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manual:100:7_examples [2010/02/21 12:59] (current)
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 +====== Examples ======
  
 +For these examples, we will use some dummy rrd file, if not denoted otherwise. Create it using 
 +<code>rrdtool create test.rrd DS:test:COUNTER:600:U:U RRA:AVERAGE:0.5:1:100</code>
 +
 +**Example:**
 +<code>/usr/bin/rrdtool graph - \
 +--imgformat=PNG \
 +--end=now \
 +--start=end-150000 \
 +--title="Default" \
 +--slope-mode \
 +DEF:a="test.rrd":test:AVERAGE \
 +CDEF:sine=a,POP,NOW,TIME,-,10000,/,SIN \
 +LINE1:sine#0000ff:sine</code>
 +
 +{{:manual:087:default.png|Default sine curve}}
 +===== Managing Graph Y-Axis =====
 +
 +By default, rrdtool will create autoscaling graphs. Cacti's defaults are
 +  * check **Auto Scale**
 +  * select **--alt-autoscale (ignoring given limits)**
 +
 +**Example:**
 +<code>/usr/bin/rrdtool graph - \
 +--imgformat=PNG \
 +--end=now \
 +--start=end-150000 \
 +--title="Autoscale" \
 +--alt-autoscale \
 +--slope-mode \
 +DEF:a="test.rrd":test:AVERAGE \
 +CDEF:sine=a,POP,NOW,TIME,-,10000,/,SIN \
 +LINE1:sine#0000ff:sin</code>
 +
 +{{:manual:087:autoscale.png|Autoscaled sine curve}}
 +
 +
 +This way, the graphs y-axis will automatically adjust for the range of values displayed. The common drawback is, that you will have to pay attention for the current y-axis scale, because it "jumps" from low to high values.
 +
 +===== Using an Upper Limit =====
 +
 +In order to define the same y-axis dimensions for a graph template,
 +  * check **Auto Scale**
 +  * select **--alt-autoscale-min (accepting an upper limit, requires rrdtool 1.2.x)**
 +  * define a numeric value for **upper limit**. e.g. 2
 +
 +**Example:**
 +<code>/usr/bin/rrdtool graph - \
 +--imgformat=PNG \
 +--end=now \
 +--start=end-150000 \
 +--title="Upper Limit" \
 +--alt-autoscale-min \
 +--upper-limit=2 \
 +--slope-mode \
 +DEF:a="test.rrd":test:AVERAGE \
 +CDEF:sine=a,POP,NOW,TIME,-,10000,/,SIN \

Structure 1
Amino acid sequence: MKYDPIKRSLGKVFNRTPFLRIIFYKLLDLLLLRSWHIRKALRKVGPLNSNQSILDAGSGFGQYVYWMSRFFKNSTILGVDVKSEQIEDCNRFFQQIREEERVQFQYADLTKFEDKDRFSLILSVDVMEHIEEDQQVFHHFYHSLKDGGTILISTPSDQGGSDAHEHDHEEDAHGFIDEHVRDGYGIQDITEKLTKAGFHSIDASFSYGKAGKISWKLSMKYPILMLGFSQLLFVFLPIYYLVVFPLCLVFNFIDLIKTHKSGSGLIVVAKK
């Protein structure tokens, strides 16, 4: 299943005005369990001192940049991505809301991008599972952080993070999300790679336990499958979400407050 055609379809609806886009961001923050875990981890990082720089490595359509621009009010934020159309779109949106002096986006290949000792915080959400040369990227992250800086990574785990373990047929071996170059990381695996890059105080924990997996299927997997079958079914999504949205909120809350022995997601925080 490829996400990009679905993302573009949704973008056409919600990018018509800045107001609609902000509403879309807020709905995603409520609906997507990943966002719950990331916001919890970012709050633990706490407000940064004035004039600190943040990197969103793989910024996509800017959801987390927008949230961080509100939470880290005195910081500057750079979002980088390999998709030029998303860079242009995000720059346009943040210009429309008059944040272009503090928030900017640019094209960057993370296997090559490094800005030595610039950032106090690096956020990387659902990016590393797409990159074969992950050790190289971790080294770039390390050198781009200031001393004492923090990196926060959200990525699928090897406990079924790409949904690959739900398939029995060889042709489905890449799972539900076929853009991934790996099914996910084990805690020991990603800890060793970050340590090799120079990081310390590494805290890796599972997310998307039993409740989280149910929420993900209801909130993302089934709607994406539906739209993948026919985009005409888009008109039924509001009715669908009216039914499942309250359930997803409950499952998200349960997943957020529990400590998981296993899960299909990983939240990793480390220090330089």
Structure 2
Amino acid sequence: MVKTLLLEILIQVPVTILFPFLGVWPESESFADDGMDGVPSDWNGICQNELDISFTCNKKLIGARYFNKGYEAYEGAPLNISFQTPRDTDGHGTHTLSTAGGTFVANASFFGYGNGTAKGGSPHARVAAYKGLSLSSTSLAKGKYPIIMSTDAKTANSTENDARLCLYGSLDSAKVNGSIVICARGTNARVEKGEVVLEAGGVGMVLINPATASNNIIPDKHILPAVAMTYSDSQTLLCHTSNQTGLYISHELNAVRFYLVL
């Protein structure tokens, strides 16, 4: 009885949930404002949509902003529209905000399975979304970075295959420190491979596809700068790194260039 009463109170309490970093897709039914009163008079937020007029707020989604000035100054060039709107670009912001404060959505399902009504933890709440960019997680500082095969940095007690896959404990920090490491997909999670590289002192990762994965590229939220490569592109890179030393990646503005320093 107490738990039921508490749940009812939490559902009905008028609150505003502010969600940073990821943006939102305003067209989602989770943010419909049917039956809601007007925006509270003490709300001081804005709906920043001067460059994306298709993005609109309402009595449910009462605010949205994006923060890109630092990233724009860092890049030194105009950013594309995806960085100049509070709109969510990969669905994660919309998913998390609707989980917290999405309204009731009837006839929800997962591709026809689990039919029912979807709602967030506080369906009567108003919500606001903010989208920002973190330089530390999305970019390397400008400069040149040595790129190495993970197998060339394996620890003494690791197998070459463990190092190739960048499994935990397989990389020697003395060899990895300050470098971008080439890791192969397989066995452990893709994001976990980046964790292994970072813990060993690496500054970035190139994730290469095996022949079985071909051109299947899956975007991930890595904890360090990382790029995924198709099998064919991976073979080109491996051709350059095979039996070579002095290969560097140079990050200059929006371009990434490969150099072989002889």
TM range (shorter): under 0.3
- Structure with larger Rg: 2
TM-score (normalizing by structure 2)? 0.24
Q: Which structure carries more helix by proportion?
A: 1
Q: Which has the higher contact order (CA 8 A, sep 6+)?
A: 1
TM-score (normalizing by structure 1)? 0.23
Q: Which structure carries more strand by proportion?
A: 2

+LINE1:sine#0000ff:sine</code>
 +
 +{{:manual:087:upper-limit.png|Upper Limit, when limit is not exceeded by data}}
 +
 +==== Data exceeds given Limit ====
 +
 +The following example uses the same graph configuration. But the data was tweaked to exceed the given limit. You will notice, that rrdtool automatically extends the y-axis despite the given --upper-limit!
 +
 +**Example:**
 +<code>/usr/bin/rrdtool graph - \
 +--imgformat=PNG \
 +--end=now \
 +--start=end-150000 \
 +--title="Upper Limit" \
 +--alt-autoscale-min \
 +--upper-limit=2 \
 +--slope-mode \
 +DEF:a="test.rrd":test:AVERAGE \
 +CDEF:sine=a,POP,NOW,TIME,-,10000,/,SIN,3,* \
 +LINE1:sine#0000ff:sine</code>
 +
 +{{:manual:087:upper-limit-exceed.png|Upper Limit, when limit **IS** exceeded by data}}
 +
 +==== Data exceeds given Limit, Capped ====
 +
 +The following example uses the same graph configuration; data tweaked to exceed the given limit. Now we use
 +  * check **Auto Scale**
 +  * select **--alt-autoscale-min (accepting an upper limit, requires rrdtool 1.2.x)**
 +  * define a numeric value for **upper limit**. e.g. 2
 +  * check **Rigid Boundaries Mode (--rigid)**
 +
 +**Example:**
 +<code>/usr/bin/rrdtool graph - \
 +--imgformat=PNG \
 +--end=now \
 +--start=end-150000 \
 +--title="Upper Limit" \
 +--alt-autoscale-min \
 +--upper-limit=2 \
 +--rigid \
 +--slope-mode \
 +DEF:a="test.rrd":test:AVERAGE \
 +CDEF:sine=a,POP,NOW,TIME,-,10000,/,SIN,3,* \
 +LINE1:sine#0000ff:sine</code>
 +
 +{{:manual:087:upper-limit-exceed-capped.png|Upper Limit, capped, when limit **IS** exceeded by data}}
 +
 +**Notice**:\\ Please note, that the upper y-axis is capped only, as we use **--upper-limit**
 +
 +
 +===== Graphing Data with a Small Standard Deviation =====
 +
 +Sometimes, the automatic scaling of y-axis fails.
 +
 +**Example:**
 +<code>/usr/bin/rrdtool graph - \
 +--imgformat=PNG \
 +--end=now \
 +--start=end-150000 \
 +--title="Small Standarddeviation" \
 +--slope-mode \
 +DEF:a="test.rrd":test:AVERAGE \
 +CDEF:sine=a,POP,NOW,TIME,-,10000,/,SIN,1000,+ \
 +LINE1:sine#0000ff:sine</code>
 +
 +{{:manual:087:small-stddev.png|Small Standarddeviation using defaults}}
 +
 +==== Using --alt-autoscale ====
 +
 +In this case, using --alt-autoscale helps:
 +**Example:**
 +<code>/usr/bin/rrdtool graph - \
 +--imgformat=PNG \
 +--end=now \
 +--start=end-150000 \
 +--title="Small Standarddeviation using Autoscale" \
 +--alt-autoscale \
 +--slope-mode \
 +DEF:a="test.rrd":test:AVERAGE \
 +CDEF:sine=a,POP,NOW,TIME,-,10000,/,SIN,1000,+ \
 +LINE1:sine#0000ff:sine</code>
 +
 +{{:manual:087:small-stddev-autoscale.png|Small Standarddeviation using --alt-autoscale}}
 +
 +That indeed looks better. But you can't judge from this graph, how big the amplitude of the sine is.
 +
 +==== Using --alt-autoscale and --alt-y-grid ====
 +
 +Using the alternate grid (--alt-y-grid) solves this problem.
 +
 +**Example:**
 +<code>/usr/bin/rrdtool graph - \
 +--imgformat=PNG \
 +--end=now \
 +--start=end-150000 \
 +--title="Small Stddev using Autoscale and --alt-y-grid" \
 +--alt-autoscale \
 +--alt-y-grid \
 +--slope-mode \
 +DEF:a="test.rrd":test:AVERAGE \
 +CDEF:sine=a,POP,NOW,TIME,-,10000,/,SIN,1000,+ \
 +LINE1:sine#0000ff:sine</code>
 +
 +{{:manual:087:small-stddev-autoscale-alt-y-grid.png|Using --alt-y-grid to adjust y-axis}}





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